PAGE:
Let $\vec X$ be a vector. The $\vec V = \mathrm{logsoftmax}(\vec{X})$ function is defined as:

$$v_i = \ln\left(\frac{e^{x_i}}{\sum_i e^{x_i}}\right)$$

This is provided in machine learning numerical packages for numerical stability.

Is there a numerically stable implementation of:

$$\ln\left(1 - \frac{e^{x_i}}{\sum_i e^{x_i}}\right)$$

provided in standard packages (e.g. PyTorch, or scipy, etc.)? What's a good way of computing this?

For example, if $e^{x_i}$ represents the (non-normalized) probaiblity of a label, then this is the log of the probability of an incorrect label.

  • $\begingroup$ Why the close vote? $\endgroup$ – becko Jun 1 at 13:30

Usually these values are not computed alone: the entire collection of $v_i$ and $\log(1 - \exp(v_i))$ is needed. That changes the analysis of computational effort.

To this end, let

$$\bar x = \log\left(\sum_{j} e^{x_j}\right) = x_k + \log\left(1 + \sum_{j\ne k} e^{x_j-x_k}\right)$$

for any index $k.$ The right hand expression shows how $\bar x - x_k$ can be computed in a numerically stable way when $k$ is the index of the largest argument, for then the argument of the logarithm is between $1$ and $n$ (the number of the $x_i$) and the sum can be accurately computed using exp (especially when the $x_j$ are ordered from smallest to largest in the sum).

The relation

$$\eqalign{ \log\left(1 - \frac{e^{x_i}}{\sum_{j} e^{x_j}}\right) &= \log\left(\frac{\sum_{j\ne i} e^{x_j}}{\sum_{j} e^{x_j}}\right) \\ &= \log\left(\sum_{j\ne i} e^{x_j}\right) - x_k + \log\left(\frac{e^{x_k}}{\sum_{j} e^{x_j}}\right) \\ &= \log\left(-e^{x_i} + \sum_{j} e^{x_j}\right) - x_k + v_k \\ &= \log\left(1 - e^{x_i - \bar x}\right) + (\bar x - x_k) + v_k }$$

reduces the problem to finding that last logarithm, which is accomplished by applying a log1mexp function to the difference $x_i - \bar x.$

For $n$ arguments $x_i,$ $i=1,2,\ldots, n,$ the total effort to compute all $2n$ values is

  • $n$ computations of the $v_i$ using logsoftmax.

  • One computation of $\bar x - x_k$ (using $n-1$ exponentials and a logarithm).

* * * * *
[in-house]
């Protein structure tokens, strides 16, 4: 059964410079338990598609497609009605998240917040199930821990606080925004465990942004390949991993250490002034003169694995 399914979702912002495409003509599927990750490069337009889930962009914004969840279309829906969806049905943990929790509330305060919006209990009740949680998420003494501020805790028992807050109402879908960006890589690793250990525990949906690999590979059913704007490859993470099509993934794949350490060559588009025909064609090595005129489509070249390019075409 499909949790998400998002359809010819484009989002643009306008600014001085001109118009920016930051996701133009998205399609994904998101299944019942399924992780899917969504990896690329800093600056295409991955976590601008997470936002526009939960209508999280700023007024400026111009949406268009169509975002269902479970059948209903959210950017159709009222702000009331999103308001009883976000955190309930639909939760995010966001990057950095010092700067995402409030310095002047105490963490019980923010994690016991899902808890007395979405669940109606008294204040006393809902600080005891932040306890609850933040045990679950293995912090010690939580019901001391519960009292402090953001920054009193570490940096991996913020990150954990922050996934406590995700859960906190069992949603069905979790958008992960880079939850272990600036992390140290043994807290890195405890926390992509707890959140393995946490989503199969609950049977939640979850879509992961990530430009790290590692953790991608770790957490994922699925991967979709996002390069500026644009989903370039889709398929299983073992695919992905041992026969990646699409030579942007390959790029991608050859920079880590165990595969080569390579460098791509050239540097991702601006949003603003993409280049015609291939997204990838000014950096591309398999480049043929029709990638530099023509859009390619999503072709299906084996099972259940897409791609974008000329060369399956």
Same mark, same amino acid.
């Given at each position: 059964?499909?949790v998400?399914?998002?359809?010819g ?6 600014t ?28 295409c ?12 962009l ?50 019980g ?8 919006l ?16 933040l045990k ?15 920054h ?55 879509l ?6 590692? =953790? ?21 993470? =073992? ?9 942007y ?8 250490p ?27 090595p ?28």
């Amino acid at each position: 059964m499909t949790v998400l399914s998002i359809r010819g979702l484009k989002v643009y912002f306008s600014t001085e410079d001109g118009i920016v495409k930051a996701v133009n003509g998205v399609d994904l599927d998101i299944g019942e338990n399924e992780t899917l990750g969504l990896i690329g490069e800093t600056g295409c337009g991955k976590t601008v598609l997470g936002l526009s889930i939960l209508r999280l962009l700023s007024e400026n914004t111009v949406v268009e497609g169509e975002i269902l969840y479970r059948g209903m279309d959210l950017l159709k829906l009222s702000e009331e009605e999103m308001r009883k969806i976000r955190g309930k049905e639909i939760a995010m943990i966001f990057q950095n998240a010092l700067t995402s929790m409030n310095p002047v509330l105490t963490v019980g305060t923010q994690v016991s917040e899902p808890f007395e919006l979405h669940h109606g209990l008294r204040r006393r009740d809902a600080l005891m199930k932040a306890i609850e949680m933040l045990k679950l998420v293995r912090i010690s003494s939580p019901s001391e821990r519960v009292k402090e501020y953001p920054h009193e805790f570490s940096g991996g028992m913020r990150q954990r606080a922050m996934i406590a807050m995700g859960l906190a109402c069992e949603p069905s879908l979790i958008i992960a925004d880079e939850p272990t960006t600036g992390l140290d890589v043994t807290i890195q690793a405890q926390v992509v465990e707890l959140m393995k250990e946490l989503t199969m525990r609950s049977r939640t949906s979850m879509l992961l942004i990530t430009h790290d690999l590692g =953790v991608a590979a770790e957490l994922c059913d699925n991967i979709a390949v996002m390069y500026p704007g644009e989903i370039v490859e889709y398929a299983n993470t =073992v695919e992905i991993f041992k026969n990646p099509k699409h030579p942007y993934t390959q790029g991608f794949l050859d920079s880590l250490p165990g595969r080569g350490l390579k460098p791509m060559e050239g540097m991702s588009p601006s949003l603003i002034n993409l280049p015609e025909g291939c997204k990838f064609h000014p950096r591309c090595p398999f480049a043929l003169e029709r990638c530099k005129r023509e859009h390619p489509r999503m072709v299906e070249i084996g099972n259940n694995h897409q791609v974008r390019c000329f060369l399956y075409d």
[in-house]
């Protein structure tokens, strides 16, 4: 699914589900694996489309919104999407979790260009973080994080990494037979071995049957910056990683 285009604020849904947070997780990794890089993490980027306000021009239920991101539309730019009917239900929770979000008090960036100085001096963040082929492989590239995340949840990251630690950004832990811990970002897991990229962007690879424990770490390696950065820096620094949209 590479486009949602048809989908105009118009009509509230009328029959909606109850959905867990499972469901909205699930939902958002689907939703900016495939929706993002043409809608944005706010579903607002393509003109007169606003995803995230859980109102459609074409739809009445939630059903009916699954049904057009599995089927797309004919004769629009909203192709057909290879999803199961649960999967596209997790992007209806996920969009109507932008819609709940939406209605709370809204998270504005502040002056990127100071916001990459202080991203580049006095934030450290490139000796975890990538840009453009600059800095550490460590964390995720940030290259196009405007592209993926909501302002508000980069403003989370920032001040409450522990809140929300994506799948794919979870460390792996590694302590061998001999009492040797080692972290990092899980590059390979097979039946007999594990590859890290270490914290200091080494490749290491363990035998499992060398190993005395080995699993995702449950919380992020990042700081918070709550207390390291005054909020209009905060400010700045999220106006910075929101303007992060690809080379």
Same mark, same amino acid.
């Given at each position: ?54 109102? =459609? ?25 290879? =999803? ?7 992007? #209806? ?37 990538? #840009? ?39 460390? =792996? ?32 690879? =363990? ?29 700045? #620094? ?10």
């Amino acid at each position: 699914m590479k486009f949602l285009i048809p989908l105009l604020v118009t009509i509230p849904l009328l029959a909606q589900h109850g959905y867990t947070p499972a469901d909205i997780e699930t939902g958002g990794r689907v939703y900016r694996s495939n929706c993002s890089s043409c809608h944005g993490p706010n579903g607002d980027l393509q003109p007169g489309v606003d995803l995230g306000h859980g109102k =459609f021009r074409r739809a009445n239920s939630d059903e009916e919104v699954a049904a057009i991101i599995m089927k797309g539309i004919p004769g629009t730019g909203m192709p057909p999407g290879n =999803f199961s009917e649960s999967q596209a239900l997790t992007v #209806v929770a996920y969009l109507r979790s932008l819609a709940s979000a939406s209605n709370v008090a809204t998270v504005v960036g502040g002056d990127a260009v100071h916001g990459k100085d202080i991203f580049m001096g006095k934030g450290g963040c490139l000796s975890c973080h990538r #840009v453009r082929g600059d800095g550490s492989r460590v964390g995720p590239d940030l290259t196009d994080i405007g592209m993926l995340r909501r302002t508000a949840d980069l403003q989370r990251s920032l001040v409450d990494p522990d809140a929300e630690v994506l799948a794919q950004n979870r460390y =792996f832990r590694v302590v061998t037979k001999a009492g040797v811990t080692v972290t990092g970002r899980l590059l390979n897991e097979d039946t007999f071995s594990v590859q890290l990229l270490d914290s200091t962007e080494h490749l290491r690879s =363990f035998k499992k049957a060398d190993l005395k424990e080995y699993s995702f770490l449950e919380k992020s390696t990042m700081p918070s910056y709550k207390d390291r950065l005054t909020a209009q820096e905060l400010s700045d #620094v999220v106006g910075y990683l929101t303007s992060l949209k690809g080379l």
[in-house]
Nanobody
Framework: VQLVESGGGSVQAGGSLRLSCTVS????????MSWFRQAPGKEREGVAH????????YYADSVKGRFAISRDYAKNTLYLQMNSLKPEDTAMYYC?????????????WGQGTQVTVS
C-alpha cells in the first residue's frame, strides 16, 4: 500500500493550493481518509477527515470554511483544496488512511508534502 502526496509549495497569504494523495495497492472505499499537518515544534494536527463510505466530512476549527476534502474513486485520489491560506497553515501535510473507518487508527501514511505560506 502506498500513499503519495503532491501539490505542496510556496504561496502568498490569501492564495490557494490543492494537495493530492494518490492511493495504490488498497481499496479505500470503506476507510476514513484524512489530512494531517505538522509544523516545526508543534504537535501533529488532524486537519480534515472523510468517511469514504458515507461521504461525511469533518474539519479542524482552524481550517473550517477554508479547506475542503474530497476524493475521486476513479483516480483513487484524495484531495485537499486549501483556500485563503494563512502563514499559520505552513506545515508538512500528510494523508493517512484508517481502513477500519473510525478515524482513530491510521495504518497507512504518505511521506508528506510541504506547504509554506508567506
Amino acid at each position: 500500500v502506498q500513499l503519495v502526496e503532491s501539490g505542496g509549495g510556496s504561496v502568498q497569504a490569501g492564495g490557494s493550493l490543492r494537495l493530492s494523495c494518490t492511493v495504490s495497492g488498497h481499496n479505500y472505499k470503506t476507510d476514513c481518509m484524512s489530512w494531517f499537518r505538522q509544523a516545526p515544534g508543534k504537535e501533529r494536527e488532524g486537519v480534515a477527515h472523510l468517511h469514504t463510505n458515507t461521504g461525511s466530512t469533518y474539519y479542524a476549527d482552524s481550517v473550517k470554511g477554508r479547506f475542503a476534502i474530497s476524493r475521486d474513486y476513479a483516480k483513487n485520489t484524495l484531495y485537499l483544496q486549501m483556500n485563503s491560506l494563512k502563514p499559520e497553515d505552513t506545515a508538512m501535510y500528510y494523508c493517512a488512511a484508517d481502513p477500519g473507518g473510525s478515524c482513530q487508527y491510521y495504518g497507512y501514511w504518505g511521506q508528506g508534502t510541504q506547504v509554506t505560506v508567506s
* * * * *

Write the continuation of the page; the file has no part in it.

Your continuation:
• $n$ invocations of log1mexp.

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  • $\begingroup$ It is possible to get rid of the last $n$ invocations of log1mexp. See my answer below. $\endgroup$ – becko Jun 1 at 21:53

One option is to use the numerically stable log-softmax implementation in combination with a numerically stable $\text{log1m_exp}(x):=\log(1-\exp(x))$ function.

I believe the following is pretty good for $\text{log1m_exp}$:

  • if x > -0.693147 you use $\log(-\text{expm1}(x))$,
  • otherwise $\text{log1m}(\exp(x))$,

where $\text{log1m}(x):= \text{log1p}(-x)$. $\text{log1p}(x):=\log(1+x)$ is usually implemented (e.g. in numpy or base R, similarly the inverse function for $\text{log1p}$, i.e. $\text{expm1}(x) = \text{log1p}^{-1}(x)$).

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  • $\begingroup$ Yes I thought of that. The one thing I don't like is that it's less efficient than logsoftmax, because it involves the additional log1mexp call. $\endgroup$ – becko Jun 1 at 13:32
  • $\begingroup$ I guess you could also write your own C-function. You are essentially implementing log_sum_exp(x[-i]) - log_sum_exp(x) - see mc-stan.org/math/d8/d23/… for a good implementation of log_sum_exp - where the [-i] is meant to indicate the vector without index i. $\endgroup$ – Björn Jun 1 at 13:55
  • $\begingroup$ Another idea, which is probably slower than writing your own C function, but perhaps easier is to use numba. You should be able to just define the above as I indicated and you may wish to see whether that gets you a speed-up, although it is usually pretty hard to beat a combination of numpy functions (which my main solution eseentially is, which is usally pretty good efficiency-wise). I suspect if you want a speed-up versus my main answer you may have to really go into writing a dedicated and optimized function in a good compiled language. $\endgroup$ – Björn Jun 1 at 14:01

Here is a possible way to do this, in Julia code (which I think is quite readable even if one does not know Julia):

function log1msoftmax(x::AbstractArray; dims=1)
  m = maximum(x; dims=dims)
  e = exp.(x .- m)
  s = sum(e; dims=dims)
  return log.((s .- e) ./ s)

This has the same complexity as a logsoftmax (it does one exp and one log call per entry).

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  • $\begingroup$ I guess there's even more to be discovered in StatsFuns. $\endgroup$ – phipsgabler Jun 2 at 9:49
  • $\begingroup$ This will fail when the $x_i$ are dominated by one value: in that case, the expression s .- e will involve catastrophic cancellation of precision and can even result in a $\log(0)$ error. Try it with $x=(-37,0)$ in double precision. $\endgroup$ – whuber Jun 2 at 10:29
  • 1
    $\begingroup$ @whuber Good catch. Let's see if I can fix it without having additional exp/log calls. $\endgroup$ – becko Jun 2 at 10:31

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